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Europeans expect rising house prices over the next 12 months

Three in five (59%) consumers across Europe believe that prices will rise over the next 12 months, according to the ING International Homes and Mortgages 2017 survey.

Confidence in European house prices is rising, but consumers’ finances are under pressure due to the urge to overstretch.

The sixth annual study, which surveyed almost 15,000 people across 15 countries about their attitudes towards the housing market, found that people in Europe are feeling more confident.

Expectations of house prices have leapt in Romania (72%), Spain (66%) and the Czech Republic (65%) as their economies continue to flourish. Romania shows the largest surge (20 percentage points), although most people only expect a slight rise in house prices. In Spain, where it is reportedly easier to secure a mortgage, expectations are up by 14 percentage points.

However, expectations in the UK have plummeted. The proportion of people who believe house prices will rise over the next 12 months is down by 13 percentage points since 2016, from 57% to 44%.

Despite this, the latest data from the International Monetary Fund (IMF) shows house prices are on the rise relative to incomes and rent in a number of countries, making housing increasingly unaffordable. ING’s study found a similar reaction with three in five (61%) people considering housing to be expensive.

Nathalie Spencer, ING behavioural scientist, commented: “People across Europe have higher-than-expected running costs. The result is many are feeling the pinch and finding it difficult to pay their rent or mortgage each month.”

With prices increasing, the study revealed a number of consumers could potentially overstretch their finances as a result of being lured into a false sense of security.

Across Europe, two in five (41%) of those who set a budget for their total costs reported that their current home was over or at the top of their budget, while 23% of all respondents in Europe find that their running costs are higher than they anticipated, and 20% find it difficult to manage their housing payments.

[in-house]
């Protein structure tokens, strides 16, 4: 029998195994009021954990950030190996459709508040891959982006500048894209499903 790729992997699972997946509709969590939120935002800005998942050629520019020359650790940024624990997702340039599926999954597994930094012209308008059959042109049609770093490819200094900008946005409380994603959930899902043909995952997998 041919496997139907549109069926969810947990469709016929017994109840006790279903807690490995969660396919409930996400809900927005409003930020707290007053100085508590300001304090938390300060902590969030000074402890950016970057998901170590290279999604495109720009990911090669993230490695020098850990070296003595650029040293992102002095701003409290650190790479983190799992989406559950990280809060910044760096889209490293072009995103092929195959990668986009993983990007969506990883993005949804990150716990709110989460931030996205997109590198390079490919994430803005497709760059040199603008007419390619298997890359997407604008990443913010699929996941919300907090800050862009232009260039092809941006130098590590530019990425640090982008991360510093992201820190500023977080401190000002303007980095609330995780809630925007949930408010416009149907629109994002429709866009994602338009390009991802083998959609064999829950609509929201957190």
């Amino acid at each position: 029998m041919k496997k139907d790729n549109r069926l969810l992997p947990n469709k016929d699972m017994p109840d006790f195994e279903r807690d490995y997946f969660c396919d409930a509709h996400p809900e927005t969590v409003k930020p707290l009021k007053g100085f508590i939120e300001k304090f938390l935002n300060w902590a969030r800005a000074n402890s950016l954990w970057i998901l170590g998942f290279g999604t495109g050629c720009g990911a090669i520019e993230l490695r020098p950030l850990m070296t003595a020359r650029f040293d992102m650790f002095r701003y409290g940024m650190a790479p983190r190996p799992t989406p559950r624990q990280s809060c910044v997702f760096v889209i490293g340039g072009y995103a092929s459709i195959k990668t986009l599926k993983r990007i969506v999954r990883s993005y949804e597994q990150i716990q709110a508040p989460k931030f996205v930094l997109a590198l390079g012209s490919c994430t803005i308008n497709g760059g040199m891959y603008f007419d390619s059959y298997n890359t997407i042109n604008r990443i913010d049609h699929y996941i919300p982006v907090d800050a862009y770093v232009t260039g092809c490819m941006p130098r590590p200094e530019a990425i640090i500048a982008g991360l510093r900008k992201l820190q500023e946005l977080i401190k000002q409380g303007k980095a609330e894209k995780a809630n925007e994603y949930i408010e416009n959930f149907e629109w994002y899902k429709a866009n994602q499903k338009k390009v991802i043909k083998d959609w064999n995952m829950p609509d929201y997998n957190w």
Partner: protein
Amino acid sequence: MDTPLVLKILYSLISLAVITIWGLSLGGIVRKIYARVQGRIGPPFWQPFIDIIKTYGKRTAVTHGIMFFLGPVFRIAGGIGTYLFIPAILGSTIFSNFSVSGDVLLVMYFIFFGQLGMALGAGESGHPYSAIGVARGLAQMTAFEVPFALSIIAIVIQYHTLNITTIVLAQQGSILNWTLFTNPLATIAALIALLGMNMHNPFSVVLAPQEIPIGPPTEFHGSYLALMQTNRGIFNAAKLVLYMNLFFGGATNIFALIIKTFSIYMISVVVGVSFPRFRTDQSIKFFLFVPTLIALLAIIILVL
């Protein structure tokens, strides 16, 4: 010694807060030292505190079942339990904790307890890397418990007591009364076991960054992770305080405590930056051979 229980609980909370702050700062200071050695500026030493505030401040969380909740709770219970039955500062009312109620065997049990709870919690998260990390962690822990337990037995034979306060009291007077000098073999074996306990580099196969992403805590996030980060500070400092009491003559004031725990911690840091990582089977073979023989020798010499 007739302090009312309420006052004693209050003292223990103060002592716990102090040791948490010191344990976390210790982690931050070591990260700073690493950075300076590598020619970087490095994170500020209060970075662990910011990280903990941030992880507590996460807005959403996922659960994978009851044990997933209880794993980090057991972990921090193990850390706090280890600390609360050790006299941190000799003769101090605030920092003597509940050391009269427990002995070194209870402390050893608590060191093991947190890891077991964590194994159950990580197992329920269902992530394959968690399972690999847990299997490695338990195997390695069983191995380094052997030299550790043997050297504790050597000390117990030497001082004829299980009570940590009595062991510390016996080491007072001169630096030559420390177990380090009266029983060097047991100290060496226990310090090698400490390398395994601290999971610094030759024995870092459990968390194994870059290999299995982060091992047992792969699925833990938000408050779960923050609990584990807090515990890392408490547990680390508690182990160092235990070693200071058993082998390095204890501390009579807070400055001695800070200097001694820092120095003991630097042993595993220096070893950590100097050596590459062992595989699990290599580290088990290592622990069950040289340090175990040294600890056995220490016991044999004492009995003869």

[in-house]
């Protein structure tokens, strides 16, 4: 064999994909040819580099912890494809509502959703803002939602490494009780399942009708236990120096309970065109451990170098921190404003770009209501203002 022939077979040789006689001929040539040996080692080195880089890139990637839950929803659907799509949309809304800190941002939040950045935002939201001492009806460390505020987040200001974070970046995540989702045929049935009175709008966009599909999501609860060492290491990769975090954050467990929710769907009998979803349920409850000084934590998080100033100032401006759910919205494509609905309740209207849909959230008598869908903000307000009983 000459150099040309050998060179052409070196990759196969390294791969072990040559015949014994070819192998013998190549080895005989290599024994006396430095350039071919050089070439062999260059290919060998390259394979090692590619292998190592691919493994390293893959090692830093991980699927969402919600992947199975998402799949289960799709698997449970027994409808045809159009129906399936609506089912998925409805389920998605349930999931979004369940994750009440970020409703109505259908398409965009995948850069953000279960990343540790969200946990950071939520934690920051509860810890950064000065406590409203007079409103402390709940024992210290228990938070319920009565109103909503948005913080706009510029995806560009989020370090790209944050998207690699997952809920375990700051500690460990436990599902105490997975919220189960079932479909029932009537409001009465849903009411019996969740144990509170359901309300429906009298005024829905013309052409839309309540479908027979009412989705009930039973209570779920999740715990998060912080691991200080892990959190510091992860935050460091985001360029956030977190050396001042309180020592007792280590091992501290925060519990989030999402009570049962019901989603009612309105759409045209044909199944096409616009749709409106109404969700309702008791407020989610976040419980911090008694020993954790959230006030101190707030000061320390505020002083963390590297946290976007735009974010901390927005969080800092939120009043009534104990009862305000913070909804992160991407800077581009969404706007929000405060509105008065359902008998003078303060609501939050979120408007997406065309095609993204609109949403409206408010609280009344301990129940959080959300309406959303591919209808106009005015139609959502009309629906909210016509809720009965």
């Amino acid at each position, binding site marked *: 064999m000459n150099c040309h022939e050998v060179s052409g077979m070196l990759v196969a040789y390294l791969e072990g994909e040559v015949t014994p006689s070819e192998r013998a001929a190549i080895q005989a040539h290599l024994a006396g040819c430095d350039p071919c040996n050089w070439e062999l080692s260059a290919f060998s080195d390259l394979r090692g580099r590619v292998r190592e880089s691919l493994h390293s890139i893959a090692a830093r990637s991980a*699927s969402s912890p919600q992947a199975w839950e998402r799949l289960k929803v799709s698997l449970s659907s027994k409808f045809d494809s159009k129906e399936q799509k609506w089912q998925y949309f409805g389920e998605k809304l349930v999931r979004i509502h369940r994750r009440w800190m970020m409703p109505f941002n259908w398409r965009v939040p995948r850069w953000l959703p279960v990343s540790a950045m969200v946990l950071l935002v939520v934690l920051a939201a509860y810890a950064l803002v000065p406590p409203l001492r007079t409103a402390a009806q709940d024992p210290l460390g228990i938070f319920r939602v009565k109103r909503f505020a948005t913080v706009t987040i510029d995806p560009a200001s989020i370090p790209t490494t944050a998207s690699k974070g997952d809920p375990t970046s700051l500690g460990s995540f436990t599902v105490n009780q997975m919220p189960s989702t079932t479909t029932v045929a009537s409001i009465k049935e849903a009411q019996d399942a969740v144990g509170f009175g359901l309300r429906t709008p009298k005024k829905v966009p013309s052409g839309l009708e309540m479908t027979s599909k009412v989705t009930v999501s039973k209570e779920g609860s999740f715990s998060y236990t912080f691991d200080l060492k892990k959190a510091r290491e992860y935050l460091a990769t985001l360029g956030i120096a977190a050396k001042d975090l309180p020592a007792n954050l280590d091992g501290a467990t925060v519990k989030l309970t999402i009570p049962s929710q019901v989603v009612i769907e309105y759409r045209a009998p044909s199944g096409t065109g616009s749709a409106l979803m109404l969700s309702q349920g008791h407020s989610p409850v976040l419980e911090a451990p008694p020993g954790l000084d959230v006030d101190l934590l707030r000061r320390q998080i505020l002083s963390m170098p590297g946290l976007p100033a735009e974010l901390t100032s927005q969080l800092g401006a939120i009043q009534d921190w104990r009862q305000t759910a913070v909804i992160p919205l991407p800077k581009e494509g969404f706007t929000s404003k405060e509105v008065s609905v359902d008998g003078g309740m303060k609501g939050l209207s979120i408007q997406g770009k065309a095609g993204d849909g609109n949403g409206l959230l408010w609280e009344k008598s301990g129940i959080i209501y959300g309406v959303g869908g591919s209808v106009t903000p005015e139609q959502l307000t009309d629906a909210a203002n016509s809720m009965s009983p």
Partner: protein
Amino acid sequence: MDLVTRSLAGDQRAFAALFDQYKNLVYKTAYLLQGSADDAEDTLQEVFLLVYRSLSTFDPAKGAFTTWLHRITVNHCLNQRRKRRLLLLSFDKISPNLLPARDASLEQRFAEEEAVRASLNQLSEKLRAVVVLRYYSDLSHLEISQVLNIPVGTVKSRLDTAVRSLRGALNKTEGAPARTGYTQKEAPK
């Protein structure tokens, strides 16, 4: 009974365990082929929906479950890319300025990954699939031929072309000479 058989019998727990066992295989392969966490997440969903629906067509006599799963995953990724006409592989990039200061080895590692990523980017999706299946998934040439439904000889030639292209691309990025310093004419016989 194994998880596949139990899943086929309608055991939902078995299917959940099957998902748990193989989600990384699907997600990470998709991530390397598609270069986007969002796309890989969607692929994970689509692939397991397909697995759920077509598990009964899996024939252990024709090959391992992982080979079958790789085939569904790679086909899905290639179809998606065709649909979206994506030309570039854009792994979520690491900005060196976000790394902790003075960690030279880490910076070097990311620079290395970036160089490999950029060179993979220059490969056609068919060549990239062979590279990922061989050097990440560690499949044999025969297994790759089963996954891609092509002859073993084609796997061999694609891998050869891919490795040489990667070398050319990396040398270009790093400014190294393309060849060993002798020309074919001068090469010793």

These results show that the impact is capable of leaving many people with limited disposable income, essentially affecting the amount they are able to save and put towards other expenses.

“When housing is expensive people have less available for saving or investment, which may leave them vulnerable if faced with unexpected income or expenditure shocks,” Spencer added. “Planning and sticking to a budget is crucial when buying and renting a home and will help ease pressure on the purse strings in the long term.”

Country

2014

2015

2016

2017

Change (2017-16)

Romania

46%

53%

52%

72%

+20

Spain

35%

49%

52%

66%

+14

Czech Republic

47%

50%

52%

65%

+13

Poland

44%

43%

43%

51%

+8

France

42%

41%

46%

54%

+8

Luxembourg

72%

76%

78%

86%

+8

Austria

71%

69%

71%

78%

+7

Germany

60%

61%

61%

64%

+3

Netherlands

57%

70%

69%

72%

+3

Italy

30%

33%

37%

38%

+1

Turkey

72%

82%

81%

77%

-4

Belgium

60%

55%

65%

59%

-6

United Kingdom

72%

70%

57%

44%

-13

European Consumer

53%

56%

56%

59%

+3

Australia

n/a

63%

50%

56%

+6

United States

56%

60%

57%

59%

+2

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